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Tearful Tayto staff call for a halt to outsourcing as city factory closes

WORKERS at the Tayto crisps factory, which closed yesterday, have called on the Government to step in to reverse the trend of outsourcing in Irish industry.

The landmark plant in Coolock on Dublin's northside shut its doors after 37 years in business, with the loss of 98 production jobs.

Tayto crisps will now be made at Largo Foods in Ashbourne, Co Meath, which already manufactures competitor brands Mr Perri and Hunky Dorys.

Some 166 of the Coolock jobs have been retained across sales, marketing, finance and technical sectors and will shortly be relocating to a new Tayto site in Clonshaugh.

John Keogh, managing director, of Tayto Ireland Ltd said it was a "sad day".

The Coolock plant had been a popular place to work and the workers had been a "great team of people" and he was "quite pleased" the majority of them had found new employment to go to.

They had also received redundancy packages to ease the transition.

Mr Keogh defended the decision to outsource, saying the company operated in a very competitive market and must maintain its position as the number one brand.

"Research has shown that among Irish consumers, three out of four prefer Tayto but the marketplace has become very competitive and that requires us to launch new products," said Mr Keogh.

In order to generate the resources to innovate new products and retain their number one position, the company had to take certain steps among which was outsourcing, he said.

He denied the company would lose control over its product by outsourcingTayto would retain the recipe and continue to use the ingredients according to its specification.

"Largo are really just putting the crisps in the bag," he added.

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Mr Keogh said the decision to outsource was not new. Their snacks production, including products such as popcorn and the Chipstix and Snax brands, formerly made at the Terenure plant, had been manufactured at Largo Foods since 2003.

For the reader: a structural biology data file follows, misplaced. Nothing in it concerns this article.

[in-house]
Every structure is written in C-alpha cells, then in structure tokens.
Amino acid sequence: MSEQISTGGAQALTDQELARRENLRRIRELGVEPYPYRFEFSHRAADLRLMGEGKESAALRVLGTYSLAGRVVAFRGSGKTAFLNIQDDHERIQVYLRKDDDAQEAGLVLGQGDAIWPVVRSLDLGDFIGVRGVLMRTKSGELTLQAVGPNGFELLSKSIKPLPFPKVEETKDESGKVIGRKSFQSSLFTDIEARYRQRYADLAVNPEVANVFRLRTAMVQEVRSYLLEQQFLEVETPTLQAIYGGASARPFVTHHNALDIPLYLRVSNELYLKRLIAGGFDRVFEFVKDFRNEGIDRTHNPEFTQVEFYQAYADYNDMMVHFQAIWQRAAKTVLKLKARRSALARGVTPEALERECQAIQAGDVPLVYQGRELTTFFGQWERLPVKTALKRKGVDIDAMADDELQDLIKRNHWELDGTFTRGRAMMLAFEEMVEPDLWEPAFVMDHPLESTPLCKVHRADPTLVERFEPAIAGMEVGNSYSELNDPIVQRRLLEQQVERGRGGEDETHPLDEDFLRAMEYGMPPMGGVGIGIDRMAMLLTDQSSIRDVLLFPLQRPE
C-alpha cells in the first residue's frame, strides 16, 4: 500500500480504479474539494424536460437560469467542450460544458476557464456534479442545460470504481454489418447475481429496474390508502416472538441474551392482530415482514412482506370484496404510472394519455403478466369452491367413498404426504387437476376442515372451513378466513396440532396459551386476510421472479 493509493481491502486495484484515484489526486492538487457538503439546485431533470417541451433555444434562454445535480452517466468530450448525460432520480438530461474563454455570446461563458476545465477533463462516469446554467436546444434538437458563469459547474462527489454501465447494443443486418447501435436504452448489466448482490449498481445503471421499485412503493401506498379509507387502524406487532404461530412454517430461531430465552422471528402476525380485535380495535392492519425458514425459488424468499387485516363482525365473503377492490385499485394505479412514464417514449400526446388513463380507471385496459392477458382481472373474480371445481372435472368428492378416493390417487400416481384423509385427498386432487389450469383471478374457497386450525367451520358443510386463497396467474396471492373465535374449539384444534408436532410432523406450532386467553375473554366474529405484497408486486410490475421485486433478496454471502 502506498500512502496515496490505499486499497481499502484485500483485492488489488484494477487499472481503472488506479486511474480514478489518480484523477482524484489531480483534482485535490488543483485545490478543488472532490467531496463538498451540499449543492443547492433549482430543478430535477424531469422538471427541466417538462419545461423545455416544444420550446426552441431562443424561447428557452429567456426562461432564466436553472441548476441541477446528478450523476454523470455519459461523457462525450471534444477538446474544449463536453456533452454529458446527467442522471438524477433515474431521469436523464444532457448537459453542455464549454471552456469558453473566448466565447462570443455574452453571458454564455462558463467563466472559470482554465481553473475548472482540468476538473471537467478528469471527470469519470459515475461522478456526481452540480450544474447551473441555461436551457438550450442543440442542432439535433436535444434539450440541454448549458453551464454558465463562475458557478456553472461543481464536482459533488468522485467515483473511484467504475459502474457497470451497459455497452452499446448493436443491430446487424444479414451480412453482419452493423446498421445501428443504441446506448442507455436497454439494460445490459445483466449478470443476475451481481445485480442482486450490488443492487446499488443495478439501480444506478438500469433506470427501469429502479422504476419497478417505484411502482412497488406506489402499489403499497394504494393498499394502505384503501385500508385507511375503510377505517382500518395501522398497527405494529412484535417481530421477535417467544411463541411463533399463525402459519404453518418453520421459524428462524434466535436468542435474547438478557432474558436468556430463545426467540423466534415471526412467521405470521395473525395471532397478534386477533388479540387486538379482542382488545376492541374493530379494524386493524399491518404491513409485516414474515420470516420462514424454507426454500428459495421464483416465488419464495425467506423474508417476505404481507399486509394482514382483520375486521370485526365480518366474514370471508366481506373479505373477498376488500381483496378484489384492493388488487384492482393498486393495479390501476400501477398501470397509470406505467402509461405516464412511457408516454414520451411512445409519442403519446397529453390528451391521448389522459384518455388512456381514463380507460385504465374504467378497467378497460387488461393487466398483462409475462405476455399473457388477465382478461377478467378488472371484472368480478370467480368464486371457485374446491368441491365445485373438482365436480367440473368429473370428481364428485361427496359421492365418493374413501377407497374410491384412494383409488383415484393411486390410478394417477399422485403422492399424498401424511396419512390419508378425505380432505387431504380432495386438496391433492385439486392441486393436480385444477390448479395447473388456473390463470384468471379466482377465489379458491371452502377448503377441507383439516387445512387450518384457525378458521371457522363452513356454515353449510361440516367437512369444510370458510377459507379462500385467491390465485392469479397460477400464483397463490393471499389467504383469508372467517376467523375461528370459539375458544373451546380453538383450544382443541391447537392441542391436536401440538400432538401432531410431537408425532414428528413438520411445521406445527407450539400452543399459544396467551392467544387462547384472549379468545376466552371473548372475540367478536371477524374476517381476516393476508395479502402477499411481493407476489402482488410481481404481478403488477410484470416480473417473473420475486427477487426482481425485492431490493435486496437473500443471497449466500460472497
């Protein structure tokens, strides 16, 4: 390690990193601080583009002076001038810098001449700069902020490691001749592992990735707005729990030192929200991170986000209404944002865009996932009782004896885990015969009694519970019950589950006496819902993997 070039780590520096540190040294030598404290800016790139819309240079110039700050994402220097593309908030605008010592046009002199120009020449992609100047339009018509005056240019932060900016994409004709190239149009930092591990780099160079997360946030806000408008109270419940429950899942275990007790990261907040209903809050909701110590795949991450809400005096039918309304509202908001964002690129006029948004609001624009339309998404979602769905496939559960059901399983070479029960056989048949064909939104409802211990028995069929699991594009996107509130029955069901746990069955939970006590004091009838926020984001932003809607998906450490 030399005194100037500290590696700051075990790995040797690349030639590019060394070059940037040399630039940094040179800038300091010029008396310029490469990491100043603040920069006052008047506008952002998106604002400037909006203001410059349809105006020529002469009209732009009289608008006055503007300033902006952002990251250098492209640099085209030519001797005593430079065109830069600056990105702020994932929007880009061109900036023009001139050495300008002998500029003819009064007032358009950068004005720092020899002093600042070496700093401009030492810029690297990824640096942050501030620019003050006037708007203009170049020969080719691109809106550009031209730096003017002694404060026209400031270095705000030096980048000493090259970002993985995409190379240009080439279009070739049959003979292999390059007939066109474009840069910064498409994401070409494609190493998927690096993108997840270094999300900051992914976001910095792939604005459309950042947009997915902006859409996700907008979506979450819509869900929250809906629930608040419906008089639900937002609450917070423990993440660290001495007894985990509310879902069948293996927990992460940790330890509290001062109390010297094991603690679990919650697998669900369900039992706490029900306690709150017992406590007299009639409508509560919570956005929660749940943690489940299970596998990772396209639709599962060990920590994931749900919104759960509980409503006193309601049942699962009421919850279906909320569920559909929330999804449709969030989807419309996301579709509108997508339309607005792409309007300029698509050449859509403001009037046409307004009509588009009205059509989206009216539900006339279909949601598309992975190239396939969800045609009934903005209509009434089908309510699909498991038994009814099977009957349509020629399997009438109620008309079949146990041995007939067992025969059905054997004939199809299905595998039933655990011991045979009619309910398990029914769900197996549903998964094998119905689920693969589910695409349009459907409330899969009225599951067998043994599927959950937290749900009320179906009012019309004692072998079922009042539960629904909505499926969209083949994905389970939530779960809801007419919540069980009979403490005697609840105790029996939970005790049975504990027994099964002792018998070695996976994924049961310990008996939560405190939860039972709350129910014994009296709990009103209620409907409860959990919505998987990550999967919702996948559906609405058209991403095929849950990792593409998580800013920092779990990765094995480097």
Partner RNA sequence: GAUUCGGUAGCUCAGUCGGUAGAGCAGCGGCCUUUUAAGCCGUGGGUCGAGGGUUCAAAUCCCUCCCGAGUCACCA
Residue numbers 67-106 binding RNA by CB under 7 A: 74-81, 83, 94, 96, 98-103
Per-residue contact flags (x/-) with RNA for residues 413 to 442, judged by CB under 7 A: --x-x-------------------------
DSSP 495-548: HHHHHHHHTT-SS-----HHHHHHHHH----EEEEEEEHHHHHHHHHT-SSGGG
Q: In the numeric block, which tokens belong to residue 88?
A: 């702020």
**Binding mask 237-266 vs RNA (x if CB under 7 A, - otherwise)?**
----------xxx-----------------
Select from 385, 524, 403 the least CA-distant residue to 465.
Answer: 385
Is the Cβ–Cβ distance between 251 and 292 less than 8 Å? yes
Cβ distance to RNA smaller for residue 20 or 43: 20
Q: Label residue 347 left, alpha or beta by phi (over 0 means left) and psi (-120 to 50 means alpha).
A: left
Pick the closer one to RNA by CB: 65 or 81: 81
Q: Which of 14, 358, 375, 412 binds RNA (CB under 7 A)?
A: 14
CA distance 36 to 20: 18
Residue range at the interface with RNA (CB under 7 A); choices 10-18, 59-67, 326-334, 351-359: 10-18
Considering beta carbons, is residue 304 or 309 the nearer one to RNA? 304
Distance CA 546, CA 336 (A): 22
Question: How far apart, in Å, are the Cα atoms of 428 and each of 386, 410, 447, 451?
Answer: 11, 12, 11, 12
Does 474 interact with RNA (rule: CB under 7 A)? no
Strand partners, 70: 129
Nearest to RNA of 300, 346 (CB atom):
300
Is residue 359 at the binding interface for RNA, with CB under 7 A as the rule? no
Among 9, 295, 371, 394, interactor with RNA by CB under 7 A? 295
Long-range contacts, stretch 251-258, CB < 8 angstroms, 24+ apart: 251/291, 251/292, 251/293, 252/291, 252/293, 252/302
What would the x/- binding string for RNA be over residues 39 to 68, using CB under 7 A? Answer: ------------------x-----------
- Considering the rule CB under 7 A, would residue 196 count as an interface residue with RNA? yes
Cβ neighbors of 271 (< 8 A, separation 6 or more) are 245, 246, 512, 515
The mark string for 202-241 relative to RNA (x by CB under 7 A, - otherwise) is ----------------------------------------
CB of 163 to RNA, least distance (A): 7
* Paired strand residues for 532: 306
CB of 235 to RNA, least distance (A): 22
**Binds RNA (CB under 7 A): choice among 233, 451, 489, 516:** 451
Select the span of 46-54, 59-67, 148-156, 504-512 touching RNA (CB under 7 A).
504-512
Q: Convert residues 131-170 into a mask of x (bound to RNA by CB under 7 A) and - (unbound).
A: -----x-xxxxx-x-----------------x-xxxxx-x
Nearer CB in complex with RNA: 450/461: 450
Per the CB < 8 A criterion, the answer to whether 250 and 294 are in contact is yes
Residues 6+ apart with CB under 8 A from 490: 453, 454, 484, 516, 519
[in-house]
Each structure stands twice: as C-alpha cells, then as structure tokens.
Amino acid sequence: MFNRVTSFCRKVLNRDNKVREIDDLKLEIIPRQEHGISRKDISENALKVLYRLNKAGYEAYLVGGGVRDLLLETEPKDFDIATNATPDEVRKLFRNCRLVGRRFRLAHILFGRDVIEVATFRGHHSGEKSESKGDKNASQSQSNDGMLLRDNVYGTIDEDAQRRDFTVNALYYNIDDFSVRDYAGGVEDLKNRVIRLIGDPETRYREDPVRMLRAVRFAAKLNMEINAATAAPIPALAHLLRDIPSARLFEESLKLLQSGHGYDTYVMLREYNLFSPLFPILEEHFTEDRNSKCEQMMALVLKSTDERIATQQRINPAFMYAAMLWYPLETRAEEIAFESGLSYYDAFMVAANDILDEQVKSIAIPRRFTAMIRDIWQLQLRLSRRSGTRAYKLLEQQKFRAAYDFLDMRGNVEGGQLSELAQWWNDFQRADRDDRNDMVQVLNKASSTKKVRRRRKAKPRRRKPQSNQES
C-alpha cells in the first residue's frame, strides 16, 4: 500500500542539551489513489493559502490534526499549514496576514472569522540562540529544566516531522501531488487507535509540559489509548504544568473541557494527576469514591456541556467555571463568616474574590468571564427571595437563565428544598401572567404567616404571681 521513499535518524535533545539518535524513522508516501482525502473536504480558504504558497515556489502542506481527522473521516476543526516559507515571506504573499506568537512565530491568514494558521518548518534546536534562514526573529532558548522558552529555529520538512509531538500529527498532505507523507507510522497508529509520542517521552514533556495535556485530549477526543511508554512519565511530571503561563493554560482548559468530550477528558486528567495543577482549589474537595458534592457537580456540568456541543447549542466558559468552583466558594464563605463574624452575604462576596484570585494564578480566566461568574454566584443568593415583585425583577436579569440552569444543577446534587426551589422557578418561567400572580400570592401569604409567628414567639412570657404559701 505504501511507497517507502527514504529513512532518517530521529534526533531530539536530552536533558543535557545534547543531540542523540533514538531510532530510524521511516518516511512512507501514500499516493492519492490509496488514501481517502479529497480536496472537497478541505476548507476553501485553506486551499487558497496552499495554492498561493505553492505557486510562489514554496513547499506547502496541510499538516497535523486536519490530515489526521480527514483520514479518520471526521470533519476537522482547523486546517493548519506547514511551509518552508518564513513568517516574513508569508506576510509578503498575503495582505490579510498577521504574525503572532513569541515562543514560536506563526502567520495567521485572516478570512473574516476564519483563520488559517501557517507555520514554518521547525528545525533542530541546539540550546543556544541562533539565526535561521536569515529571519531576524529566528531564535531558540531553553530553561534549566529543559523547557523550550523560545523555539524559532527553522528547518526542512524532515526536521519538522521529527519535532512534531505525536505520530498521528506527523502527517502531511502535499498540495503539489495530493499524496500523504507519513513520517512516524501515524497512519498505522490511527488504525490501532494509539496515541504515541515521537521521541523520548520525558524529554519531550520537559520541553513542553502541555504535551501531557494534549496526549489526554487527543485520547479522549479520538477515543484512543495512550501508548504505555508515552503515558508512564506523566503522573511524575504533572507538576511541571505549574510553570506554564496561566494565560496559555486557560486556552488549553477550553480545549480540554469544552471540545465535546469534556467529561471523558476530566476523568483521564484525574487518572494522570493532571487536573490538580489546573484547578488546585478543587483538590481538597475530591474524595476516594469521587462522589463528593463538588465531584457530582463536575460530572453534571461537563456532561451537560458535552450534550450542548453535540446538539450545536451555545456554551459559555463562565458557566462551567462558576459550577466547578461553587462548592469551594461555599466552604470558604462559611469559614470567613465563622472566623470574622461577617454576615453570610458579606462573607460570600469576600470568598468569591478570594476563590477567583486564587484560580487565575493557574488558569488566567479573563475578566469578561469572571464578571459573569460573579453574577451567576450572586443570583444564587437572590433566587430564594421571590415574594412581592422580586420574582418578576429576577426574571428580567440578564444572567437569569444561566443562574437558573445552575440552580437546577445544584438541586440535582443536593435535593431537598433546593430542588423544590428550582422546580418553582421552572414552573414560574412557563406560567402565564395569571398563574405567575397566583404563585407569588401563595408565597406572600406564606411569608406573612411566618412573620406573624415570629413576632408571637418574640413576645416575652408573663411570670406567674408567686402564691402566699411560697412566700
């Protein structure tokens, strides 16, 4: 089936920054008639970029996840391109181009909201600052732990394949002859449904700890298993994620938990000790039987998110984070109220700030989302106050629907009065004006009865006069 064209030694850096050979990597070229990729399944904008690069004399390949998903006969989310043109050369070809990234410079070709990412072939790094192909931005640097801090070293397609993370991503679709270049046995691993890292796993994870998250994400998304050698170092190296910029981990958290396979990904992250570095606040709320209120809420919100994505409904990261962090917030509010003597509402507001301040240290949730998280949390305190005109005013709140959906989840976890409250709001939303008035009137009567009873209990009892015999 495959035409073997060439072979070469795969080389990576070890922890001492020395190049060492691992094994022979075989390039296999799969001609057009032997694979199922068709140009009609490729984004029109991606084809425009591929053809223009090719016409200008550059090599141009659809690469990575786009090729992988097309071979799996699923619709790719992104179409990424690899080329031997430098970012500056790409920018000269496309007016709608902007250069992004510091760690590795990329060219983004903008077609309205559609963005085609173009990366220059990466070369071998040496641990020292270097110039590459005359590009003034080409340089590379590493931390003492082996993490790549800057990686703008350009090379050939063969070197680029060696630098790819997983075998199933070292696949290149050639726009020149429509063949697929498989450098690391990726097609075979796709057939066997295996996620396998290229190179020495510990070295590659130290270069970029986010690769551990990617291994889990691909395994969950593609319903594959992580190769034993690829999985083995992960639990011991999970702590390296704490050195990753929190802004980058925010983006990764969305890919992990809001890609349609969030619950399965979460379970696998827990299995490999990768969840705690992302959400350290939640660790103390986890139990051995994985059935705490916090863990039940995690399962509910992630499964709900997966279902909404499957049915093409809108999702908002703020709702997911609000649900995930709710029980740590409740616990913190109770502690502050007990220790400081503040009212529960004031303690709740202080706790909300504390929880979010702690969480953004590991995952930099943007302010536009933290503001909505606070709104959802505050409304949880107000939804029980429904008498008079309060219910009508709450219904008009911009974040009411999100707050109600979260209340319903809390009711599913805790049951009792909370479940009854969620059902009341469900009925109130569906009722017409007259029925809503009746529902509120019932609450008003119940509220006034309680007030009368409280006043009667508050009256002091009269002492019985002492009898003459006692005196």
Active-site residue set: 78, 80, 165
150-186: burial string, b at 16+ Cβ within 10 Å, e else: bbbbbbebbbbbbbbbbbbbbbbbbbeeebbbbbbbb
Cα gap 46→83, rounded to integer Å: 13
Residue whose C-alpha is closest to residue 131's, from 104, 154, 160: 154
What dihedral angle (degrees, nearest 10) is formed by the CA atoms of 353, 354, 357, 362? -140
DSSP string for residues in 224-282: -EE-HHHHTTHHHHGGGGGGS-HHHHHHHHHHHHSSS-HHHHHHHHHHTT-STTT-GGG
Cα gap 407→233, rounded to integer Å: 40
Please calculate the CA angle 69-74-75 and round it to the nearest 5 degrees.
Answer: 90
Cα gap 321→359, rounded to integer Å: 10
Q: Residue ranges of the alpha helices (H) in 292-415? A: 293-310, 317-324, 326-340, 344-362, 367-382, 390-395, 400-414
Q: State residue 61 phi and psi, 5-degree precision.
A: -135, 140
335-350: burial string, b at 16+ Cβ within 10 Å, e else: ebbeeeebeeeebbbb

However long-term workers leaving the plant for the last time yesterday expressed concern that the government was allowing the trend of outsourcing to escalate in all sectors of Irish industry.

One employee, Frank Murray, said it was hard to reconcile the redundancies with the fact that the jobs still existed and the product would continue to be made.

"Tayto's output has been steady last year and they're still making plenty of money but it's a sad reflection on the company that these jobs were not saved," he said.

A crisp cook with the company for more than 22 years, he said he had "reared his family from Tayto crisps" and was extremely sad to see the factory go. It was a bad day for Irish industry in general.

"We see it with Irish Ferries and increasingly we're seeing more and more companies shutting down because they can get cheaper labour elsewhere," he said.

Other workers said that the Government would have to step in to protect Irish jobs against outsourcing.


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